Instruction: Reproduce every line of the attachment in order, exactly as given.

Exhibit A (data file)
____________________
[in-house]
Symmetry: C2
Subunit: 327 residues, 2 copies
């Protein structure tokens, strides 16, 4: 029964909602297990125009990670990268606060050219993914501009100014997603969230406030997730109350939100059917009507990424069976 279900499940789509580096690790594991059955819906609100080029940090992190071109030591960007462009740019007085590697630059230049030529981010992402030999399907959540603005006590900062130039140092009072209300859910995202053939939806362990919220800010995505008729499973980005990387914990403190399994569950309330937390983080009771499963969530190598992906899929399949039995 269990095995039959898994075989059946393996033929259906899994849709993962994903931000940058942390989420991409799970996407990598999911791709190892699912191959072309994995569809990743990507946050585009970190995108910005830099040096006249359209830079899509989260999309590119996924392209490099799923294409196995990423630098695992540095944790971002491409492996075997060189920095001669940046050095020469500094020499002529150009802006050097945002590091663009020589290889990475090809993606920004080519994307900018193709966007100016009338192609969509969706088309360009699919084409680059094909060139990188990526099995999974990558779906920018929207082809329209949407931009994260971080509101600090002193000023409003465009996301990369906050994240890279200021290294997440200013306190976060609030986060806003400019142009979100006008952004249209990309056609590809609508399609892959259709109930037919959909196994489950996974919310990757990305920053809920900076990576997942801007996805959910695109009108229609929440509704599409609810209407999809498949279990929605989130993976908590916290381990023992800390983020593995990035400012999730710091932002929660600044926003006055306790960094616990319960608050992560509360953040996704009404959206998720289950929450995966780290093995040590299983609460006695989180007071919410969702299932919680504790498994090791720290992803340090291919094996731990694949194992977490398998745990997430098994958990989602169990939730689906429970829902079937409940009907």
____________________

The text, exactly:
[in-house]
Symmetry: C2
Subunit: 327 residues, 2 copies
């Protein structure tokens, strides 16, 4: 029964909602297990125009990670990268606060050219993914501009100014997603969230406030997730109350939100059917009507990424069976 279900499940789509580096690790594991059955819906609100080029940090992190071109030591960007462009740019007085590697630059230049030529981010992402030999399907959540603005006590900062130039140092009072209300859910995202053939939806362990919220800010995505008729499973980005990387914990403190399994569950309330937390983080009771499963969530190598992906899929399949039995 269990095995039959898994075989059946393996033929259906899994849709993962994903931000940058942390989420991409799970996407990598999911791709190892699912191959072309994995569809990743990507946050585009970190995108910005830099040096006249359209830079899509989260999309590119996924392209490099799923294409196995990423630098695992540095944790971002491409492996075997060189920095001669940046050095020469500094020499002529150009802006050097945002590091663009020589290889990475090809993606920004080519994307900018193709966007100016009338192609969509969706088309360009699919084409680059094909060139990188990526099995999974990558779906920018929207082809329209949407931009994260971080509101600090002193000023409003465009996301990369906050994240890279200021290294997440200013306190976060609030986060806003400019142009979100006008952004249209990309056609590809609508399609892959259709109930037919959909196994489950996974919310990757990305920053809920900076990576997942801007996805959910695109009108229609929440509704599409609810209407999809498949279990929605989130993976908590916290381990023992800390983020593995990035400012999730710091932002929660600044926003006055306790960094616990319960608050992560509360953040996704009404959206998720289950929450995966780290093995040590299983609460006695989180007071919410969702299932919680504790498994090791720290992803340090291919094996731990694949194992977490398998745990997430098994958990989602169990939730689906429970829902079937409940009907």